The process, driven by identity politics, and the aspiration of the weak to be recognised as independent political agents, has involved a steady erosion of the base of the Congress, and more recently, of the Bharatiya Janata Party. The process began in 1984. By 2002, a huge, decisive change had taken place. The Congress's vote-share in UP in 1984 was 51 per cent. It fell to a mere 9 per cent in 2002.

The BJP was the principal early beneficiary of the Congress's decline -- not least because of its aggressive mobilisation around the sectarian Ayodhya temple issue. By 1993, immediately after the Babri demolition, the BJP emerged as UP's single largest party, with 33.3 percent of the total vote. The Samajwadi Party and the BSP trailed it with vote-shares of 21.8 and 19.6 per cent. But this was not to last.

Soon, both these subaltern-group parties overtook the BJP. By 2002, the SP and the BSP together commanded an impressive 48 per cent of UP's total vote and 60 per cent of its Assembly seats.

The two were -- and remain -- bitter rivals. But their collective overtaking of the Congress-BJP should not be underrated. By the 2004 Lok Sabha election, the SP and the BSP's combined vote-share had risen to 60 per cent. They control 57 of the state's 80 Lok Sabha seats. They are now raiding the base -- not just of the Congress, but that of the BJP too.

The 2004 election saw serious competition emerge for upper-caste votes between the SP and BSP, on the one hand, and a retreating BJP, on the other. The BJP's UP Lok Sabha tally fell from 57 (of 85 seats) to just 10 seats (of 80). The competition has since become more fierce. An NDTV exit poll after the first phase of the 7-phase elections forecasts a serious decline of the upper castes' preference for the BJP, from 72 per cent to just 50 percent.

Behind these figures lies a major political shift. This is the transformation of the terms of electoral competition, driven above all, by the BSP. That party is now trying to co-opt the upper castes, especially Brahmins, within its Dalit-dominated politics, on its own terms. This is an electoral-political phenomenon without precedent in India.

This is the exact opposite of what the Congress did in its heyday in UP, when it built an upper caste-dominated social coalition, which incorporated the 'core minorities' -- Dalits and Muslims. It's also the reverse of what the BJP did in the 1990s by recruiting significant OBC support -- through a combination of mandal (OBC identity politics) and kamandal (upper caste-oriented Hindutva).

Now, for the first time, a Dalit force is growing to a point where it can lay down the UP agenda, to which its traditional enemies must supplicate. This is a major achievement in itself. Going by countless reports, UP's Brahmins are deserting the BJP and gravitating towards the BSP. According to most opinion polls, the BSP is set to emerge as UP's largest party. This can happen only if it wins a vote-share significantly in excess of the proportion of Dalits in UP's population (21 per cent). Dalit power could present serious competition to OBC power -- for the first time ever in a major state.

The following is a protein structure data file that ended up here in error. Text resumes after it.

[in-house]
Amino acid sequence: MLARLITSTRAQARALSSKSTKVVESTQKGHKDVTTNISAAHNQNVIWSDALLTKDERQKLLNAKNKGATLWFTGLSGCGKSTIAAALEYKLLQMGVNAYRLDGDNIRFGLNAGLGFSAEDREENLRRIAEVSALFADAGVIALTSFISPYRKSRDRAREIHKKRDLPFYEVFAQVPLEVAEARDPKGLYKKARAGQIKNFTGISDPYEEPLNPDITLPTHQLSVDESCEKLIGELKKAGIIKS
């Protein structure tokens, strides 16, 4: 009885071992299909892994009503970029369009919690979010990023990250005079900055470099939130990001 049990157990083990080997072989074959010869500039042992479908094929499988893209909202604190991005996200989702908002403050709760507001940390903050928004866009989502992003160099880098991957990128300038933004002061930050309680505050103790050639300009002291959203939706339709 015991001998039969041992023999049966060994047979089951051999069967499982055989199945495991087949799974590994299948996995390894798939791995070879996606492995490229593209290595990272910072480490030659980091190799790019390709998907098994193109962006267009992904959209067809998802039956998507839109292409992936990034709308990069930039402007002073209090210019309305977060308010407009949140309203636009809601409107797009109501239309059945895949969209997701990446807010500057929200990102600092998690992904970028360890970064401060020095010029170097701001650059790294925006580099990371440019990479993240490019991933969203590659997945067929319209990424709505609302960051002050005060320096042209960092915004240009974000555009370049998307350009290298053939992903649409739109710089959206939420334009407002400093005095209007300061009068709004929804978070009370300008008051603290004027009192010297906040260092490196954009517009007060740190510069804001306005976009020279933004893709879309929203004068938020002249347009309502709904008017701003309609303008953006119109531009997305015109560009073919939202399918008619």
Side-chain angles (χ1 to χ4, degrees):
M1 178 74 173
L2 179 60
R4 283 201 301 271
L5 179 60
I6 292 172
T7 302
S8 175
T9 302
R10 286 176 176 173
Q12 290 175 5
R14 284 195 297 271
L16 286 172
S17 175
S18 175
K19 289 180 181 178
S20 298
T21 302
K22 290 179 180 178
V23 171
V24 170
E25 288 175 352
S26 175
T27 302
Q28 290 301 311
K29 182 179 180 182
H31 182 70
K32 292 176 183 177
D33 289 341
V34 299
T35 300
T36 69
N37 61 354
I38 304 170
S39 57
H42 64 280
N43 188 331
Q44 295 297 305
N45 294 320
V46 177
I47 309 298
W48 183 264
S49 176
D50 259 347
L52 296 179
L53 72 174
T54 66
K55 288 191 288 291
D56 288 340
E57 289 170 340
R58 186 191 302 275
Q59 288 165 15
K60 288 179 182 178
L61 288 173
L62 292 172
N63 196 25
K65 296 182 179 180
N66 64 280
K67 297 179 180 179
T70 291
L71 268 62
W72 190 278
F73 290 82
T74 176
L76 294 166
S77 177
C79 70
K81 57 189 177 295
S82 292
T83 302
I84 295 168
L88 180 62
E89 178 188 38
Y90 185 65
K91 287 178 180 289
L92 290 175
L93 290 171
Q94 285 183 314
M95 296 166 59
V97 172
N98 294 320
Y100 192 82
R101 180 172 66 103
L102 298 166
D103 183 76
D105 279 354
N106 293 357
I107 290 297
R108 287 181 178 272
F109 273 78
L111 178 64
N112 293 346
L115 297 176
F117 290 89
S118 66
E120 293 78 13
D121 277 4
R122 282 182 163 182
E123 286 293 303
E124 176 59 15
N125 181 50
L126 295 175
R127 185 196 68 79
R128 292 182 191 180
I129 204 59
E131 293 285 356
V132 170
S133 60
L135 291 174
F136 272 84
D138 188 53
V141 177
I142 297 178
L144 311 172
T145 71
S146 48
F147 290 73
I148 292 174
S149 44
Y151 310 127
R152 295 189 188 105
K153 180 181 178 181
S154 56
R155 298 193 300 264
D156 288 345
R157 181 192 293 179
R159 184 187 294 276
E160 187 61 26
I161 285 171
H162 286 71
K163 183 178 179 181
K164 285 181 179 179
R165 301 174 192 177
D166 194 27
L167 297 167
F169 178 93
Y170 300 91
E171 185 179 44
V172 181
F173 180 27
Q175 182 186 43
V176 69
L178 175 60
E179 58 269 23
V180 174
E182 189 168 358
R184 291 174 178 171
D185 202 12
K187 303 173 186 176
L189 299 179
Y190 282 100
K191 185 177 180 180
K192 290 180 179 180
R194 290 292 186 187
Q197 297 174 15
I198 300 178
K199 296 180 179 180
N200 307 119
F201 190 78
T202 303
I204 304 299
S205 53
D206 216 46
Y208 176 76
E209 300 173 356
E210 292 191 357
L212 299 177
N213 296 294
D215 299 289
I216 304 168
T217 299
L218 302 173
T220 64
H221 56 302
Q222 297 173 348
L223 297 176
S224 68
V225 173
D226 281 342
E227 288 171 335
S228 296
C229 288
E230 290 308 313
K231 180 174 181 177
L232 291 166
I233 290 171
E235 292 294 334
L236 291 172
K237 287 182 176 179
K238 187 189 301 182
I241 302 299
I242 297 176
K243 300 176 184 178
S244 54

Whatever happens in the UP elections, it is clear that the real contest is between the BSP and the SP. The BJP and the Congress are peripheral to it. The BJP will probably be reduced to an upper-caste party with a sprinkling of OBC support such as the Lodhi Rajputs (Kalyan Singh's caste).

The Congress doesn't even know at which caste(s)/social group(s) to aim its appeal. It has no identifiable firm social base of its own. It is simply unable to relate to subaltern self-assertion. If the Congress targets the MBCs, who are largely unattached to any one party, it could make big gains. But it seriously lacks that perspective or strategy.

The Congress could be very much in the reckoning in UP -- and probably in the next government -- if it wins 30 to 50 seats (of a total of 403), and the BSP mops up 150 or 160. But if the Congress performs just as poorly as in 2002 (25 seats, 10 of which were quickly lost to defections), then the BSP could ally with the BJP -- as it has done before, each time unsuccessfully.

Instability is now endemic to UP. No chief minister there has completed a full term other than Sucheta Kripalani in the mid-1960s. Even the BSP's rise/dominance may not last very long. But to take advantage of instability, the Congress will need a strategy of relating to the major social processes that are reshaping UP's politics. Alas, that's what it lacks.

Praful Bidwai